"One of the great dreams of man must be to find some place between the extremes of nature and civilization where it is possible to live without regret." — Barry Lopez
Recently Californians have been witnessing a slice of life not found within the convenient comfort of the Discovery Channel, Animal Planet, or "When Animals Attack." This alternate universe, the one not provided by television, is one where the biggest threat to wildlife is not other animals, but the smart monkeys clutching the remote.
The latest canary in the proverbial coalmine, Zalophus californicus, the California Sea Lion has been found along the coast, dead and dying, victims of a toxic food chain. No one is certain what set this chain of events in motion, consensus is the toxic event is directly related to a temperature increase. According to the marine biologist I spoke with at the Hubbs Research Institute, the warming trend maybe actually part of an acceleration of the El Nino climatic patterns.
On Beltane, I started the morning with a call from an Encinitas resident who was concerned for an ailing sea lion on the beach beneath his bluff top home. Mixed with his obvious frustration over not being able to help the unfortunate animal, was anger over an apparent lack of interest on the part of those he thought in the best position to help. Having watched the animal suffer since sunrise, the second time he called was to inform me there was still no sign of Sea World and that sea gulls were already congregating for the impending buffet. Hardly the picture postcard the Chamber of commerce wants the world to see.
As is most matters of kismet, I was already "in my head" over the recent sea lion die off, as my editor had requested I turn my attention in that direction. What I discovered was that the reason for the dead marine mammals organic in nature, although the jury is still out over just how natural this lethal algae bloom is. Pseudonitzschia, the toxic diatom, during certain stages produces a deadly biotoxin that can potentially affect entire ecosystems.
Marine mammals and sea birds that feed on anchovies and other filter feeders, which are ironically unaffected by the poisonous bloom of the diatom, fall victim to domoic acid attacking their central nervous system which results in brain lesions and ultimately death. The link between sea lion fatalities and toxic algae was discovered after biologist began looking for answers after the deaths of more than 400 sea lions during May and June of 1998. When autopsies of the pennipeds found Pseudo-nitzschia in feces of deceased sea lions and domoic acid in the animals' urine, feces, and serum. Similar deaths have also been recorded in dolphins, humans, and other marine mammals.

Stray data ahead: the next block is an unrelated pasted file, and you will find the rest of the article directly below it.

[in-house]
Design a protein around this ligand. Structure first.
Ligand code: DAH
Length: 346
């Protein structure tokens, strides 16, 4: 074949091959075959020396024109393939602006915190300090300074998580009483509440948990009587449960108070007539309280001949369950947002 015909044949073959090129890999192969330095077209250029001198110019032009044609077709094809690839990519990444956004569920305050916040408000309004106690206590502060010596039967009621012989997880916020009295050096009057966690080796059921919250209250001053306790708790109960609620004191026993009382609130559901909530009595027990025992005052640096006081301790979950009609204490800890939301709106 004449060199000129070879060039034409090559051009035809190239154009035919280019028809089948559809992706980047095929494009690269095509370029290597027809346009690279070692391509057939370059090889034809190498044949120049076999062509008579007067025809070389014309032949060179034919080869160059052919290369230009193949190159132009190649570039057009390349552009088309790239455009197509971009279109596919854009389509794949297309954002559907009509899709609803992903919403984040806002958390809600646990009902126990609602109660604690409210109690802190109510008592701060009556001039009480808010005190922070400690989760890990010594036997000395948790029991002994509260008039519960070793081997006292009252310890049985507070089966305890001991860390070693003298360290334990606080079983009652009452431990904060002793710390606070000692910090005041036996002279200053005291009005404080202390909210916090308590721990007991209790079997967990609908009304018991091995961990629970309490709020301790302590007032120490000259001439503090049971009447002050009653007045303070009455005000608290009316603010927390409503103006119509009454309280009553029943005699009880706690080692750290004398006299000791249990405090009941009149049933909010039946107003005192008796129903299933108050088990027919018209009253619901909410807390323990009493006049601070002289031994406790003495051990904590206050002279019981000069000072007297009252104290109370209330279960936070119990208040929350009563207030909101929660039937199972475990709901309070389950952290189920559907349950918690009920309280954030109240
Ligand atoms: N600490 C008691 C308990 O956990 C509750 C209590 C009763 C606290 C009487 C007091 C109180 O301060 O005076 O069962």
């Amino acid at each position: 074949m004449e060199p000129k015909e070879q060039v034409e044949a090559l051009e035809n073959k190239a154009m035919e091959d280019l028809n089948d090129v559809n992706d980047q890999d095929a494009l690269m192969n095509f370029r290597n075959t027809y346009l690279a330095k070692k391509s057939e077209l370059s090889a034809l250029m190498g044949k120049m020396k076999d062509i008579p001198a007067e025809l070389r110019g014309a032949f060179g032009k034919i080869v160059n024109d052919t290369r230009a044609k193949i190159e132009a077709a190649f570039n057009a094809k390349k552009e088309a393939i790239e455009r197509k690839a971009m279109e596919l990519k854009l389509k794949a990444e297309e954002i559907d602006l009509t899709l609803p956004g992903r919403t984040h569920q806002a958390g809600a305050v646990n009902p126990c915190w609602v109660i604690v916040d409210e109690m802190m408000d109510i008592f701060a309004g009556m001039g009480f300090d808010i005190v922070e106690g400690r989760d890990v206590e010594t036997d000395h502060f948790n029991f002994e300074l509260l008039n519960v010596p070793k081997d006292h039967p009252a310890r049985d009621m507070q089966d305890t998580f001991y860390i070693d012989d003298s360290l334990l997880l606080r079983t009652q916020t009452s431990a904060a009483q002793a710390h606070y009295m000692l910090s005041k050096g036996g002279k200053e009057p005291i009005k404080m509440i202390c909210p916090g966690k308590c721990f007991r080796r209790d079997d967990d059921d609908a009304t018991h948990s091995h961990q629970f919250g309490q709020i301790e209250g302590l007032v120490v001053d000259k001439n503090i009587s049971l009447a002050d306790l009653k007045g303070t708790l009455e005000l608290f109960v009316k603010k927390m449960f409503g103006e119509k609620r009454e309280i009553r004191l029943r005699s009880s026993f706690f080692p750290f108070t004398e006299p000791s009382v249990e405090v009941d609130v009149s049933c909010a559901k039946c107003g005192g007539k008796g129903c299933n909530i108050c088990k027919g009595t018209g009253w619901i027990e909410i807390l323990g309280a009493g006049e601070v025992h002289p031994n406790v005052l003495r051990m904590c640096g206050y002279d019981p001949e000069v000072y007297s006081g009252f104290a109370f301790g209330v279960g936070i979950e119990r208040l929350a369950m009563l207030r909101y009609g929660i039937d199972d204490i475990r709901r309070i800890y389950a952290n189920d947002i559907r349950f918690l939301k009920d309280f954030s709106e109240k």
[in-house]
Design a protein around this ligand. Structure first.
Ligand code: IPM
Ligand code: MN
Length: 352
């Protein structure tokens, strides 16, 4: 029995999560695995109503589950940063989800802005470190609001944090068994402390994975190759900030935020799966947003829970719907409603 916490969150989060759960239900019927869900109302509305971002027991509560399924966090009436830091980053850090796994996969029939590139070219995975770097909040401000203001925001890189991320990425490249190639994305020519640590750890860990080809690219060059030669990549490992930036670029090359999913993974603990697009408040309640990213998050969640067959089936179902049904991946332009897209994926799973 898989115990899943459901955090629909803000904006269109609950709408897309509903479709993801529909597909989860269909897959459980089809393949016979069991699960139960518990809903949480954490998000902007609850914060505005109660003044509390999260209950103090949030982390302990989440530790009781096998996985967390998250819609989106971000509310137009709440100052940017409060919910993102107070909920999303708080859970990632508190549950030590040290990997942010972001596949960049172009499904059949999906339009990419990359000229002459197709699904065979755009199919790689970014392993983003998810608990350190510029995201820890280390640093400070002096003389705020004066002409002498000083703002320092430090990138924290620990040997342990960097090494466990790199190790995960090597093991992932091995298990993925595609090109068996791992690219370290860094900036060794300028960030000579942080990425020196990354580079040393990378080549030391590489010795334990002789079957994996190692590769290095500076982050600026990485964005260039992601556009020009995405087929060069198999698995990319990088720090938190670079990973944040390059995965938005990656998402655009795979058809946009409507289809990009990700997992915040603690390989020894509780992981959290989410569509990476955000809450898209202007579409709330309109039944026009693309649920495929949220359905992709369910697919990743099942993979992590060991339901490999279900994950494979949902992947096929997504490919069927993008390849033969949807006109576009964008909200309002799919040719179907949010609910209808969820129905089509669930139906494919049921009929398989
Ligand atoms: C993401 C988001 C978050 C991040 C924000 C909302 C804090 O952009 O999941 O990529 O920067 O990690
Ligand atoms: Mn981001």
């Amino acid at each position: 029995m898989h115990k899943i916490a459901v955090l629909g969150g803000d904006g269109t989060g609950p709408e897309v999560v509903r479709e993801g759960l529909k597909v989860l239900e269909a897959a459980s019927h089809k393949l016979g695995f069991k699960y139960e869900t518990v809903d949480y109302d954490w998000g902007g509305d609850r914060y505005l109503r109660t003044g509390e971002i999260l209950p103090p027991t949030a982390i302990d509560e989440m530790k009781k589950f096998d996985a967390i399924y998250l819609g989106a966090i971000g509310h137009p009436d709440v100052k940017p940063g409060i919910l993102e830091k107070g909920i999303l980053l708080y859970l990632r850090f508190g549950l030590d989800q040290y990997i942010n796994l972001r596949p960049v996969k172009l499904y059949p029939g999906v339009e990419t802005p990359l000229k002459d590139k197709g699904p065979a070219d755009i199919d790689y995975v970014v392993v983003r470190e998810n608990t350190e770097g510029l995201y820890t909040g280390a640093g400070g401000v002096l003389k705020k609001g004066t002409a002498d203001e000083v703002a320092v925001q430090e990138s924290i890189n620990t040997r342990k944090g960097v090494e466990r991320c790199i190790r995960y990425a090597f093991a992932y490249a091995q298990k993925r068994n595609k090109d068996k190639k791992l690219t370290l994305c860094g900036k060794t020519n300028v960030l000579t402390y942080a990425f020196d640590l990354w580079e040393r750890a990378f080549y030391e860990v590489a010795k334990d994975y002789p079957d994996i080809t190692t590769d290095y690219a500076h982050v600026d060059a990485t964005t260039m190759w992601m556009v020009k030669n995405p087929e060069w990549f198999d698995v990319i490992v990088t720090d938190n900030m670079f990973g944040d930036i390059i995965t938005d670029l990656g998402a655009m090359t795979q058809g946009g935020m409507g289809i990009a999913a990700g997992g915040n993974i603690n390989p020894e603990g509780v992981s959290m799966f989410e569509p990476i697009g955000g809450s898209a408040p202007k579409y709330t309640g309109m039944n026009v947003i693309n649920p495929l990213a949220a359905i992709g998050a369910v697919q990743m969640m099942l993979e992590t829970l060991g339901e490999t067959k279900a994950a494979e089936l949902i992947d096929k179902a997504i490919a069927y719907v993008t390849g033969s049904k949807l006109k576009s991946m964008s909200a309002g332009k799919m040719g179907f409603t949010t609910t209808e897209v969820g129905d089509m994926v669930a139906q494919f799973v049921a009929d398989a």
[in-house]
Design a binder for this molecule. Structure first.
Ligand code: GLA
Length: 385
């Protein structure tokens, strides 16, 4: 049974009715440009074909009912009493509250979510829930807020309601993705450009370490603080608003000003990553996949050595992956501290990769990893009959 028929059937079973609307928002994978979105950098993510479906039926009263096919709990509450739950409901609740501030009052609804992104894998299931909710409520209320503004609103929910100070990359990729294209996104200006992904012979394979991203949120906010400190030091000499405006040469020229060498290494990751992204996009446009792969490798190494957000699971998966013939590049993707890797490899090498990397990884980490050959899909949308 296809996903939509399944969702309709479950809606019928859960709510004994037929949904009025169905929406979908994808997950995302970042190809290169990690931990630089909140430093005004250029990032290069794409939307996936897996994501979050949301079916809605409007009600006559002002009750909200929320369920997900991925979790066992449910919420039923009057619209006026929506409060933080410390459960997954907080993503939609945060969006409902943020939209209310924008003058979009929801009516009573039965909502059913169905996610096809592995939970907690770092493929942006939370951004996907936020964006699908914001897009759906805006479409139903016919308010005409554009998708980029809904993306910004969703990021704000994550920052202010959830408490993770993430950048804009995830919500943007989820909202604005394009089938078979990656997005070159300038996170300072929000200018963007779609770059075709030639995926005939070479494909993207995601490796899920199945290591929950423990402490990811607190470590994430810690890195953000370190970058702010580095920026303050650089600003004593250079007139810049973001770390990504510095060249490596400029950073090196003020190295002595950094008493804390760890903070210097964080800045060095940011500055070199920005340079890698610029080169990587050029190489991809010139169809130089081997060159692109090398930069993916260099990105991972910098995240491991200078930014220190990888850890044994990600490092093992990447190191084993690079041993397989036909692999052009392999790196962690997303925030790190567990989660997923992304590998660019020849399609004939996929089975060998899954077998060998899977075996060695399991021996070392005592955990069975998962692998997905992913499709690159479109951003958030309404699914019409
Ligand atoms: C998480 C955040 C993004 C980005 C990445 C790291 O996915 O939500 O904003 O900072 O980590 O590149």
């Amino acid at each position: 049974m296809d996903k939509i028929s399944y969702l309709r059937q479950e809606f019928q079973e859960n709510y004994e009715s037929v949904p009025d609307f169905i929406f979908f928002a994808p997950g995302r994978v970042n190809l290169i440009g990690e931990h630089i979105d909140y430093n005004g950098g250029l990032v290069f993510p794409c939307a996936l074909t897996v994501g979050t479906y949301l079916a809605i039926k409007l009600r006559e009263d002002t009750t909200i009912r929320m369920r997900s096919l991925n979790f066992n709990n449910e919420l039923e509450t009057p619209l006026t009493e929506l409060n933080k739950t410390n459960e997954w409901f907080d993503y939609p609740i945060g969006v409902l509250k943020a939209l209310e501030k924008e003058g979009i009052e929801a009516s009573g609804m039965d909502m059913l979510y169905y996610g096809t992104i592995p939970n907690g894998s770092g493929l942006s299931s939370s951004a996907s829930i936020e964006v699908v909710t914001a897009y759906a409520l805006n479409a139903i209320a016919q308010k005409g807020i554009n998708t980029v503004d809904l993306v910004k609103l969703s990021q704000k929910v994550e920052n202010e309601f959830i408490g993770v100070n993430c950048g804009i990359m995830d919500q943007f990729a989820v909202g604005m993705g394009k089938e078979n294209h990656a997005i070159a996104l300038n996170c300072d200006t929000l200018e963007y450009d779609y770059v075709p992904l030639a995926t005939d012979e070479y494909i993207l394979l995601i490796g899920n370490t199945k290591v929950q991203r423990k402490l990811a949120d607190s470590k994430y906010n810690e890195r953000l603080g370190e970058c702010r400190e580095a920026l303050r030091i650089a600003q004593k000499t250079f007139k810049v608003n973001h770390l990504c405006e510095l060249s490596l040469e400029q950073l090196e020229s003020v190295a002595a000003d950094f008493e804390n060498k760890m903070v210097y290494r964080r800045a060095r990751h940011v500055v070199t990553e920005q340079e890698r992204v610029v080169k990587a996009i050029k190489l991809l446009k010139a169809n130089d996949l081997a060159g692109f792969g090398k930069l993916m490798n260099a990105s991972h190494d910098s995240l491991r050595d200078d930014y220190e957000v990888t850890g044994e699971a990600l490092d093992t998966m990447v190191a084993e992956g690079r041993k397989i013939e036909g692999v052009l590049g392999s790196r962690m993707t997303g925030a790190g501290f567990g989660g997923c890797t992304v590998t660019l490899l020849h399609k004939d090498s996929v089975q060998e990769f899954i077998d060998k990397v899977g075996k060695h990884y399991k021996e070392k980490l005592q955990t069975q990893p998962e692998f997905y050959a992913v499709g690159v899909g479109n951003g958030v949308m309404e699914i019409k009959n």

Knowing how these animals are dying does little to answer the bigger question of why. Something tells me that there is more to the equation than blooming algae, as algae has always bloomed in the Pacific, and sea lions up to this point, have evolved in spite of toxic anchovies. The question is what else could be contributing to this new threat against oceanic biodiversity, and is this just the beginning of a much bigger catastrophe?
Researchers from UC Santa Cruz and San Francisco State University studying the environmental conditions surrounding toxic algal blooms have discovered that urban and agricultural run-off boosts the growth of the common red tide algae, Lingulodinium polyedrum, uses organic urea (read Human urine) as a nutrient source. Although not toxic red tides do result in oxygen depletion, suffocating marine life unable to flee the decomposing organic matter.
The algal bloom killing sea lions has yet to be traced to urban runoff, however Pseudo-nitzschia which is spread naturally via ocean currents may be more likely to explode into bloom if they wind up in polluted waters. The science is still out. One thing we do know is that human generated pollution serves no beneficial purpose, other than short term economic gain of those responsible.
Speaking of human induced marine mammal die offs, flushable cat litter has recently been identified as the likely link between a specific bacteria and protozoa commonly found in cat feces, and sea otter fatalities. With less than 2000 California sea otters left in the world, it's depressing to think a species nearly hunted to extinction at the beginning of the last century will more than likely succumb to cat poop at the beginning of this one.